Mantis is a Cable that you have to guess correctly to get any value out of it, so generally not worth it. Hawkeye is a worse Ant-Man that also telegraphs where you are going to play your next card to your opponent, no thanks. Morph is a high variance card that can be fun to play those times you get an Infinaut from your opponent, but you can also be really sad when you end up with a Blade and discard something of value from your hand. The highs of the card just don’t outweigh the lows, unfortunately.

White Queen, despite her recent buff, still doesn’t offer enough value to be run in any serious decks. On turns 5 and 6, you want to be playing your own, highly synergistic end-game cards, not some random one from your opponent.

Spectrum does have a powerful effect but there isn’t a deck for her currently. She’s definitely one to keep an eye on though, if you can build a deck with enough strong Ongoing cards. Blue Marvel works similarly to Spectrum, only without the restriction of having to play Ongoing cards. Problem is, turns out, +1 Power to everything is a lot worse than +2 (see: Nova nerf). And, lastly, Hulk is the best of the vanilla starter cards, simply because 11 Power for 6 Energy is an efficient stat line. He’s not doing anything fancy, but he does occasionally see play in ramp decks with Wave.

Tier D

Tier D cards are ones which pretty much never see play. Most are the starter deck cards, which you want to swap out of your decks as soon as you get replacements that are marginally better.

Uatu the Watcher has a neat effect, but it is only useful for the first two turns of the game. If you don’t draw him early, he’s just a plain 1/2. Lizard only gives you 1 additional Power above baseline with the huge drawback that you allow your opponent to control whether he is “good” or very, very bad. You typically don’t want to play anything which allows your opponent to dictate whether your cards are bad.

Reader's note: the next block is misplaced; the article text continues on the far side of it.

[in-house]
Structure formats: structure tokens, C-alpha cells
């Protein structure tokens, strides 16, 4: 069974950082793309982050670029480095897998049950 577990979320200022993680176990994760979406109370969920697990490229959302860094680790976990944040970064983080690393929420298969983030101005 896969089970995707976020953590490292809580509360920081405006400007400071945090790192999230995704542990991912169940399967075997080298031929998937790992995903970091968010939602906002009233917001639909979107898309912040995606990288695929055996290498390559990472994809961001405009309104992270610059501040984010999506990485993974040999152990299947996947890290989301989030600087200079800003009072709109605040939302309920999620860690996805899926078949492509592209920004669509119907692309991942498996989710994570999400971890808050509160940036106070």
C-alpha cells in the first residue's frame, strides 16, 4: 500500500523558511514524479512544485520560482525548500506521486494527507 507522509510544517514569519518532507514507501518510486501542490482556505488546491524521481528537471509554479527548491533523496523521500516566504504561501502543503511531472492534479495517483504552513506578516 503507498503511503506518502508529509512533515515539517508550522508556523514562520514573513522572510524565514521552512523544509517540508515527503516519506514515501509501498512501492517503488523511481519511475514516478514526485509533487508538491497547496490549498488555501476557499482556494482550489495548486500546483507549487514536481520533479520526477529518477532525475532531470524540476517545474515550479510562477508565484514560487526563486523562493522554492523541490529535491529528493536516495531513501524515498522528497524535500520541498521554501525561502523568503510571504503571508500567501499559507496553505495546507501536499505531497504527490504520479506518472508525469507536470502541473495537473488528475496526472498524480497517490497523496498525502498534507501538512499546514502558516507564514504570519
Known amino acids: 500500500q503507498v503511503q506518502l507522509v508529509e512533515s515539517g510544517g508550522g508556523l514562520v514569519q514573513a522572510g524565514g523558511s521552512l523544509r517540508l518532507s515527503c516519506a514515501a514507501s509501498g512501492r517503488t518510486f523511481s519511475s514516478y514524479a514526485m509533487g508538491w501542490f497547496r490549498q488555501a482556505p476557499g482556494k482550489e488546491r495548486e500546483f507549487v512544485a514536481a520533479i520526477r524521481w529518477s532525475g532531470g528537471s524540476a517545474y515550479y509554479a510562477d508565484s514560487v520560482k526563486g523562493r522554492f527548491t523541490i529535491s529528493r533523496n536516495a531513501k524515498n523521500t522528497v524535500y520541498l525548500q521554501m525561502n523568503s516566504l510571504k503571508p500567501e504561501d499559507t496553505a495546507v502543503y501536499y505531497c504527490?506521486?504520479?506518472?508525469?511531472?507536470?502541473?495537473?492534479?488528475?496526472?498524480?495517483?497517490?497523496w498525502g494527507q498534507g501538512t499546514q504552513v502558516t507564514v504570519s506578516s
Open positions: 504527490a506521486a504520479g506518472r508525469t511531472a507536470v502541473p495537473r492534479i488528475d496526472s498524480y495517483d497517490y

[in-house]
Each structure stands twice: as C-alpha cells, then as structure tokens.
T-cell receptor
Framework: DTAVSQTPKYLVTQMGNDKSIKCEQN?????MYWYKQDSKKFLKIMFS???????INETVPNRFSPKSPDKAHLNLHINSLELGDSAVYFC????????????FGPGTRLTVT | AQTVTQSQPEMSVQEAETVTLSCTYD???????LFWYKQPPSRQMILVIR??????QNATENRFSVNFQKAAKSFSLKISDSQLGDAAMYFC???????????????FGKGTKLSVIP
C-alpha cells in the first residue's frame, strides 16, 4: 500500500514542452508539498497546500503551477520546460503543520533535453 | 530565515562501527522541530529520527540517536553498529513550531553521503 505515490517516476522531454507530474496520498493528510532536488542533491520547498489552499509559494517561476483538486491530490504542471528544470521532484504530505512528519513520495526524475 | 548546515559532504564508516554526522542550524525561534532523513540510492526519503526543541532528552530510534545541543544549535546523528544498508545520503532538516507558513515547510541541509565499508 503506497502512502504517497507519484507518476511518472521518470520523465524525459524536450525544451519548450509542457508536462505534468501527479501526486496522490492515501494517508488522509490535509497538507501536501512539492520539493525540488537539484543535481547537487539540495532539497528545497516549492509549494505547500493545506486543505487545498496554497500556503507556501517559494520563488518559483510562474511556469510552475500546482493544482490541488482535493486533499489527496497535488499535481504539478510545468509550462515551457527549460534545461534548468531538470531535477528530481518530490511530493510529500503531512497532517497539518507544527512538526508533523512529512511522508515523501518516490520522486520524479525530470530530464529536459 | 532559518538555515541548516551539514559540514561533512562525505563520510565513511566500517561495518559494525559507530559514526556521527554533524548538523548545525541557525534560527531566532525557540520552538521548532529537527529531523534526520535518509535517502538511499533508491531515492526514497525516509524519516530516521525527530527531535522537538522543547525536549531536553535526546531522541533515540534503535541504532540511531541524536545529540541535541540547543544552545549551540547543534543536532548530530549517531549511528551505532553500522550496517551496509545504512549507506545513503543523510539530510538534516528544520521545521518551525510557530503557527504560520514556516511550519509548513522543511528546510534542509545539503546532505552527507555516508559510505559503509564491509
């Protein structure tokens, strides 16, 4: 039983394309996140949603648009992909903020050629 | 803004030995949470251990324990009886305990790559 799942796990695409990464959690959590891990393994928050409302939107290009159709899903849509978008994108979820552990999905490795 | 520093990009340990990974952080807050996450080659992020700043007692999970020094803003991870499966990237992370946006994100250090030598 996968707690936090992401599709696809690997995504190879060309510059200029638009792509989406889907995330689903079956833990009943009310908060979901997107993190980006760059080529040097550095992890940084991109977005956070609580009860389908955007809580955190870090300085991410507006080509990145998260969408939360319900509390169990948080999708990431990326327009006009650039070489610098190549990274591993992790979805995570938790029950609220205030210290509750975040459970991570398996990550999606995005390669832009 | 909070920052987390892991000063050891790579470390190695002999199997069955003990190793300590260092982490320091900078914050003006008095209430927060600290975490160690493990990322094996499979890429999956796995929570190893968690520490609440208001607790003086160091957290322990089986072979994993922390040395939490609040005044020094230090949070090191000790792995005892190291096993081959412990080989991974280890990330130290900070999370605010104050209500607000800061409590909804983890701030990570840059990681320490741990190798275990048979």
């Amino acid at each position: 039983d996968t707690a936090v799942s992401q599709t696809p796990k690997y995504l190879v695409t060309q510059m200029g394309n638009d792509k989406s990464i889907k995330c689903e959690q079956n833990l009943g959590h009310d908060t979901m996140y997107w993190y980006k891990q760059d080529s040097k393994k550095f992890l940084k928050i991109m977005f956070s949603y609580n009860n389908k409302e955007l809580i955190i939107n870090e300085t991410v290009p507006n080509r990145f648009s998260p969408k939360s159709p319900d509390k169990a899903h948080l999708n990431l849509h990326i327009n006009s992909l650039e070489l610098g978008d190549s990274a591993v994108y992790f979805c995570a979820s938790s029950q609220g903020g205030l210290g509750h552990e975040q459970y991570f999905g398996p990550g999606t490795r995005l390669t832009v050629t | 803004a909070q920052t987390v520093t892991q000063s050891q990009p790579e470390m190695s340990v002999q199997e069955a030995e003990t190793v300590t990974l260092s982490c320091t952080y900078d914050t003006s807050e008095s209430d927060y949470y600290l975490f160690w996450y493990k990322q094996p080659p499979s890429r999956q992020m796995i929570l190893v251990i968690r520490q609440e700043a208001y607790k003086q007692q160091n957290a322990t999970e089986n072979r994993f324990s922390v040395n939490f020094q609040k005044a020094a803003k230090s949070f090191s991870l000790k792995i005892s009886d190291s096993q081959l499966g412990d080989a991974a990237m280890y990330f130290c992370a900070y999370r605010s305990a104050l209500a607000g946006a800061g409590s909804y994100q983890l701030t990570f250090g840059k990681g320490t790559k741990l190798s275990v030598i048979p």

The rest of the cards are just vanilla starting deck cards which only exist to draw a baseline of what one can expect for Energy-to-Power ratio. None are good enough to ever see play outside of maaaybe a Patriot deck or if Washington D.C. is a Featured Location. Otherwise, upgrade these cards once and then never play them again.

Closing Words

Pool 1 is a very large assortment of cards and while it does contain a lot of mediocre-to-bad cards, it also has some of the best cards in the best deck in the meta. You can certainly compete for Infinite with an all Pool 1 deck, if you are smart about Snapping and, ehem, play your cards right.

And the good news is the Pool 1 cards all unlock quickly. So if you unpack a low rated card, don’t sweat it, as another card is just around the corner and may be just the one you want. You should have a nice variety of different archetypes to explore from Pool 1, after only a couple days of playing Snap.

Want to discuss this tier list or a specific card? Leave a comment in the section below!


Den has been in love with strategy games for as long as he can remember, starting with the Heroes of Might and Magic series as a kid. Card games came around the middle school - Yu-Gi-Oh! and then Magic: The Gathering.

Hearthstone and Legends of Runeterra has been his real breakthrough and he has been a coach, writer, and caster on the French scene for many years now. He now coaches aspiring pro players and writes various articles on these games.